Dorothy Dudley Seibel Davidson of Hannibal, who served in the WAVES during World War II, has been named a Patriot of the Month by the Daughters of the American Revolution (DAR).

Dorothy Dudley Seibel Davidson of Hannibal, who served in the WAVES during World War II, has been named a Patriot of the Month by the Daughters of the American Revolution (DAR).

Davidson was proposed for the honor by the Hannibal Heritage Chapter of the Missouri DAR.

Jean Kramer, regent of the Hannibal Chapter, said the local DAR was honored to have Davidson chosen. Kay Ellis, a local DAR charter member, said Davidson’s honor will be added to the DAR website.

Davidson was born Aug. 14, 1923, in Hannibal and graduated from Hannibal High School in 1940, from Hannibal-LaGrange College in 1942, and from the University of Missouri at Columbia in 1943. She taught for  one year at Webster Groves Junior High School in 1943-44.

With two uncles in the U.S. Navy, she decided to enlist in the WAVES (Women Accepted for Volunteer Emergency Service). She served her two-year enlistment from 1944 to 1946 in New York City, working at the Fleet Post Office at the Battery, from where mail was sent to active naval personnel.

Davidson lived in Manhattan Towers, a residential hotel at E. 48th and Broadway. 

In her spare time she attended musicals on Broadway.

“It was the time when all those musicals were just opening,” Davidson said, citing shows, “Oklahoma” and “Bloomer Girl.” “And I enjoyed going to Radio City Music Hall and seeing the Rockettes, and a lot of celebrities, like Vaughn Monroe and his band.

“They had a very active USO for the service people in New York, and I tried to take advantage of everything I could,” she said. “That was such a treat and they were so kind to service people, with either free tickets or a cut price. It was an interesting time in my life.”

 V-J Day was most

exciting and her

22nd birthday

 Davidson said the most exciting day was V-J Day, Aug. 14, 1945. “I had been on duty for almost two years and had not been home, I finally was going to go home.

“The date was Aug. 14 (her 22nd birthday), and that morning they said no service person is to leave the city,” she said. “So I went on to a ferryboat that went around Manhattan Island past the Statue of Liberty and when we got back to port you could tell the excitement in the air.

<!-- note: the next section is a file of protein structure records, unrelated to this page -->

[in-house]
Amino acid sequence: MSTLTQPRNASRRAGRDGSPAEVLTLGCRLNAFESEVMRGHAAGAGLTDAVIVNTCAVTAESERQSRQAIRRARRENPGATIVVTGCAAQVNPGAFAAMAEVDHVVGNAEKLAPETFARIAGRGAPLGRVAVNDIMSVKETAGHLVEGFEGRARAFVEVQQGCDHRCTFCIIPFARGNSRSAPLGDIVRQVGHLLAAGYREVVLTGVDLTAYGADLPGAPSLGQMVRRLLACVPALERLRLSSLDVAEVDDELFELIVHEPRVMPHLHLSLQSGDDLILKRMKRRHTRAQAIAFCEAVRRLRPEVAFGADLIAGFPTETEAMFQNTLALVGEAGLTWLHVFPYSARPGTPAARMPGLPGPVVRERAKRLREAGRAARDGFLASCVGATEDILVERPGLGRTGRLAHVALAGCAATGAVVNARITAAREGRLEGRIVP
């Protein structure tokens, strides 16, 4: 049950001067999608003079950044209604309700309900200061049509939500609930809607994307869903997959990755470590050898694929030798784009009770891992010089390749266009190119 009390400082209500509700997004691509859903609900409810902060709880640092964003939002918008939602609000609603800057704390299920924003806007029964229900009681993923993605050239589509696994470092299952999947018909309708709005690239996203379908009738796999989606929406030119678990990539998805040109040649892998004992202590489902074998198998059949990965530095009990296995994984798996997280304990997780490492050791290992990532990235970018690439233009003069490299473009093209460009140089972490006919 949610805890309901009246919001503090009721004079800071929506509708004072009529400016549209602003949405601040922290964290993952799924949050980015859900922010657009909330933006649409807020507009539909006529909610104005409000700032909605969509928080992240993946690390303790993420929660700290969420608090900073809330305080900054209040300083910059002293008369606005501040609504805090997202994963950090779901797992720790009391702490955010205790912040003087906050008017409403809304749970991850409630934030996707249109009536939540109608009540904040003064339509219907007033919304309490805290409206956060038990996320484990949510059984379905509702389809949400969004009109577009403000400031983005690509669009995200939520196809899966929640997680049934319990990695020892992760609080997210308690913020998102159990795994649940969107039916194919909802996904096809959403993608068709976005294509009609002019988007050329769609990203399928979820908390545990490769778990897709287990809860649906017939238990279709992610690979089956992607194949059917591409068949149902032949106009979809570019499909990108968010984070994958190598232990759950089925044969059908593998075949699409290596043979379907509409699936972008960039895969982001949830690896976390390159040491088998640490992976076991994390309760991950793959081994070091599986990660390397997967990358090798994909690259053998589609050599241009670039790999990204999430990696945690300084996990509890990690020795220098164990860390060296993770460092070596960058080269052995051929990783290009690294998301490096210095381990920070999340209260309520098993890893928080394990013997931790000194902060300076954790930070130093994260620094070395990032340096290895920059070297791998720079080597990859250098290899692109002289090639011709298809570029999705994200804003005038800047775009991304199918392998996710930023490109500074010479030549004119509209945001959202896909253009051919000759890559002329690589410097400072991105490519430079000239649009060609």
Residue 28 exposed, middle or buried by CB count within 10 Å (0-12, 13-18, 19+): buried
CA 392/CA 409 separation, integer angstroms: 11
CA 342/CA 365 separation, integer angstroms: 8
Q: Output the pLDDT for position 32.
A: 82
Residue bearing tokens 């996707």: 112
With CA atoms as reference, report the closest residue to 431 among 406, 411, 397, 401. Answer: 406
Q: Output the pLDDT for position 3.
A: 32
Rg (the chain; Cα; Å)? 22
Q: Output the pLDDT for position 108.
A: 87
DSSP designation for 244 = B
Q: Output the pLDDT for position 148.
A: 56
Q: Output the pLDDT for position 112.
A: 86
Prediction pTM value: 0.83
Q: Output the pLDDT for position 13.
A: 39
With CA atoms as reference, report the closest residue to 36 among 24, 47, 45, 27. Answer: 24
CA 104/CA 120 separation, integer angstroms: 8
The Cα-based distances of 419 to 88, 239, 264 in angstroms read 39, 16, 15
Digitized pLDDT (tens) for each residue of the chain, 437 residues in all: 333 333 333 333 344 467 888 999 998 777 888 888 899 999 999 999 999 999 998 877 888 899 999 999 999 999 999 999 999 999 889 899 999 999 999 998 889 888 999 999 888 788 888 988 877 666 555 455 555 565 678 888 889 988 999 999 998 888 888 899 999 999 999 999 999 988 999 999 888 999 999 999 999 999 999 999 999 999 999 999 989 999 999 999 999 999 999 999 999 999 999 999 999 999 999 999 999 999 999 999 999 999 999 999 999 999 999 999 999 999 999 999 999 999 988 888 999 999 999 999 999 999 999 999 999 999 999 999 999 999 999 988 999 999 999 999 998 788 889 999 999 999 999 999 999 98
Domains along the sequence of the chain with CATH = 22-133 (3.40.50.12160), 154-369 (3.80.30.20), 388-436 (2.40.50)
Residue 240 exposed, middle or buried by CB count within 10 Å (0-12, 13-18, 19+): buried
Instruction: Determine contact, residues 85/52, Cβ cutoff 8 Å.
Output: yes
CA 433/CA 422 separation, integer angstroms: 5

“I got off the ferryboat and started walking up Broadway and people were so excited - it was V-J Day. People were just hugging and kissing everybody they could get their hands on. It was just the most exciting time I had ever seen before or since.”

Bob Davidson, her son, reported she was just a block away from where the famous photo of a nurse being kissed was taken at Times Square.

After the war, Davidson said she decided, “I’d better go home and continue with my life. With the GI Bill I went back to college and did my graduate work at the University of Missouri.”

There she met Dennis Davidson, who had served in the U.S. Navy during the war, and was also studying on the GI Bill. He was in law school.

After they were married, they decided to make their home in Hannibal when he was offered a position with the local law firm led by Walter Stillwell.

Davidson’s family includes her children, Robert D. Davidson and Judith Ann Davidson Dryden, and three grandsons, Benjamin Dryden, Stewart Dryden, and Forrest Davidson. 

She returned to teaching as a substitute and then taught vocal music and English in the Hannibal public schools and was also a guidance counselor for the Quincy Public Schools.

Davidson was raised in the Baptist Church but all her married life has been a member of the Christian Church (Disciples of Christ). Her church responsibilities included singing in the choir, directing the choristers, and starting and directing the handbell choir. 

She has also been active in the Mark Twain Chorale, PEO, UDC, and Women’s Club (GFWC), and has served on the board of the Mark Twain Home & Museum.

Her son, Bob, reported he is a lawyer, like his late father. He is chief counsel for the Mississippi Senate.

“And I play the trumpet,” Bob said. “I kept up the musical tradition of my mother and grandmother (Dorothy Seibel). She gave piano lessons in her parlor and was director of the choir at Fifth Street Baptist Church,” he said. “That’s where my mother got her musical inclination.”

He added that “it was my grandmother who introduced my mother and father.”